In October 2017, the Tubbs Fire consumed 5,600 structures and took 22 lives, devastating Sonoma County, California. In 2018, a local CMBM Faculty member, Adair Look, MD, brought together community organizations and invited CMBM to come and work with them to explore how the county could heal and rebuild with greater resiliency. After a successful CMBM workshop for 150 people in July 2018 local organizations formed, and invited CMBM to help lead, the Sonoma Community Resilience Collaborative. The vision of The Collaborative is to develop local capacity for long-term resilience; empower lay people with comprehensive tools and training; build the social connections and shared vision that are the number one predictor of community resilience; and prevent the progression of stress and trauma effects into more serious behavioral and physical impacts.
This life-changing work gives me hope for our troubled world. Leading groups has been mind-blowing to see folks be transformed from depression and trauma to resilience!
The Sonoma Community Resilience Collaborative is training 300 community members in CMBM’s comprehensive model of self-care and group support, enabling them to serve tens of thousands of children and adults across the county through Mind-Body Skills Groups, workshops and individual or classroom work. Trainees include a diverse group of community leaders, clinicians, non-profit workers, social workers, firefighters and first responders, educators, and faith leaders.
Over 200 individuals are already working with thousands of people in Sonoma County, many of whom lost their homes or businesses in the 2017 wildfires. Building on the values of equity and inclusion, the program strives to engage people who may not always be considered or consulted in recovery efforts. Half of the participants from the second cohort serve Sonoma’s LatinX community, many of whom are running Mind-Body Skills Groups in Spanish.
From county jails, to schools, to health centers, CMBM’s model is being implemented widely across Sonoma County. Mind-Body Skills Groups are being conducted at California HOPE; Child Parent Institute; Catholic Charities; Boys & Girls Club; Community Action Partnership; Council on Aging; Daily Acts; Hanna Institute; Medtronic Foundation; Positive Images; Santa Rosa Community Health; Sonoma State University; Valley of the Moon Children’s Center; Windsor High School; and more.
We’ve experienced so much trauma, especially the Latino community that has the dual trauma of immigration and the DACA students and then dealing with the firestorm and losing their jobs, their homes…This is part of the solution that I see needs to happen here in Sonoma County.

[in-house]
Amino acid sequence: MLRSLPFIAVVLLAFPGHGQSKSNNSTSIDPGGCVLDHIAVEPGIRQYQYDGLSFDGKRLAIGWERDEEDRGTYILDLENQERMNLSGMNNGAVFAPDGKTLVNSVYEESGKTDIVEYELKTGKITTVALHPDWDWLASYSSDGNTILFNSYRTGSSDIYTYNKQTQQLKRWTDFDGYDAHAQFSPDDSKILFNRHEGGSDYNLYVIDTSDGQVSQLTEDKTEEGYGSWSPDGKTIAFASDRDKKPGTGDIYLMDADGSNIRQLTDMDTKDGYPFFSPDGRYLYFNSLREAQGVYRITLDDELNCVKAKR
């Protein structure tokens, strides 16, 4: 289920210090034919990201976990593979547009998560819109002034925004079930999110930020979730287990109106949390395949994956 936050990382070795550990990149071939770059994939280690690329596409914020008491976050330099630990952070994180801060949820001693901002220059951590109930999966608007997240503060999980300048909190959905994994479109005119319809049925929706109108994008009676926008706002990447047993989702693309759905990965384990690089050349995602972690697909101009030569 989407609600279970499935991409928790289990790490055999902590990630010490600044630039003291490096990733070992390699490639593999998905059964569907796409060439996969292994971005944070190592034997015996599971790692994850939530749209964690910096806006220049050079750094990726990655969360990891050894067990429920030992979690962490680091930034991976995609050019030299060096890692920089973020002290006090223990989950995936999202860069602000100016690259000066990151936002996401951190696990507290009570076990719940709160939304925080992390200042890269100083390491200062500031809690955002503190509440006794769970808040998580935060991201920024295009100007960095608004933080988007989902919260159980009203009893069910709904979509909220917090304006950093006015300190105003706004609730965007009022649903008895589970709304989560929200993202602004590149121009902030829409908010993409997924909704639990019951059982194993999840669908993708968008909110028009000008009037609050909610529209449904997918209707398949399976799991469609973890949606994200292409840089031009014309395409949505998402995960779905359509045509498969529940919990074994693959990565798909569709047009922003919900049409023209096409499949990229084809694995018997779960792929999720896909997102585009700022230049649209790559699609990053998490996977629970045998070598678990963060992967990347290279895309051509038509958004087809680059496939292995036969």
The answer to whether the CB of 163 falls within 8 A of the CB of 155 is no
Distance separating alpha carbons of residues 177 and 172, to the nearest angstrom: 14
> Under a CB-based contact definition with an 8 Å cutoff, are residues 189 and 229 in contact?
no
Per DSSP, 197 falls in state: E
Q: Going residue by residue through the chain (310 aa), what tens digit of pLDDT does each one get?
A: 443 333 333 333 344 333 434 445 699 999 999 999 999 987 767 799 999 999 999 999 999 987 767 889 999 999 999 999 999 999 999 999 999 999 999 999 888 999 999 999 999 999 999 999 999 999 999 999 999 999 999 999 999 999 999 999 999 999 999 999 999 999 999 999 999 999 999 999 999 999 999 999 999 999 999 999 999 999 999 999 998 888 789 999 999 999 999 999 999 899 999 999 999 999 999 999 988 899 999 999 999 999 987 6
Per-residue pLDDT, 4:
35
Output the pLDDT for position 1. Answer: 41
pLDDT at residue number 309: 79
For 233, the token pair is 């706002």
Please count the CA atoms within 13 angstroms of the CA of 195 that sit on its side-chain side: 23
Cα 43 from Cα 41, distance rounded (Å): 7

Former ED, Latino Service Providers
The Sonoma County service providers who participated in CMBM’s training have, according to standardized scientific scales, experienced decreased stress, anxiety and depression. They are showing more hope for their futures, and feel more self-assurance, happiness, and serenity, with less fear and sadness. Standardized measures are now also being used to evaluate the impact on the community members who participate in Mind-Body Skills Groups led by our trainees.
The success of the Sonoma Community Resilience Collaborative has been recognized in several local publications, and received a reward from The Center for Wellbeing, specifically for our work with the Latinx community.
I facilitate a mindfulness program in the local jail & plan to integrate this information in the curriculum, and eventually use this information exclusively in the class.
MA, Friends Outside Sonoma County
The third cohort of the Sonoma Community Resilience Training will take place in 2020. Simultaneously, 20 of the strongest participants from the first two cohorts will participate in a Leadership Training to provide ongoing supervision and mentorship to participants once they begin running groups and workshops.
The Sonoma County program is helping lay the foundation for long-term healing and resiliency building work across California. Three individuals from Shasta County, CA which was devastated by the Carr Fire in 2018, participated in the Sonoma training and were motivated to bring a similar program to their own community. They organized and secure funds for the Northern California Resilience Training, beginning in October 2019, which includes participants from Shasta, Butte, Siskiyou, Trinity and Tehama Counties. Several guests from Napa County, CA attended the second cohort in Sonoma and are also making steps towards bringing CMBM’s program to their county.
I have found this training to be such a rich & meaningful experience. It has exceeded my expectations and been such a deepening and enriching of my tool kit for my personal and professional growth.
CSW, Santa Rosa Memorial Hospital
The Sonoma Community Resilience Collaborative is led by a steering group that continues to expand its membership to ensure engagement with all communities in need. Santa Rosa Community Health is providing leadership and administrative backbone for the Collaborative. Current members include:
- The Council on Aging
- Daily Acts
- The Hanna Institute
- Medtronic Foundation
- Northern California Public Media
- Petaluma Health Care District
- Redwood Community Health Coalition
- Restorative Resources
- Santa Rosa Community Health
- Sonoma County Department of Health Services
I think in order to get through trauma, it’s important to have some sort of social structure where you feel heard,’ Tricia Siegel said. ‘I felt this provided that space.
Actress and wife of firefighter Mike Siegel who also went through the program
Funding generously provided by
Mind-Body Medicine for Post-Wildfire Resilience
Video by John Phaneuf
For inquiries about our work in Northern California contact Hannah Quinn, CMBM Global Trauma Relief Program Manager at [email protected].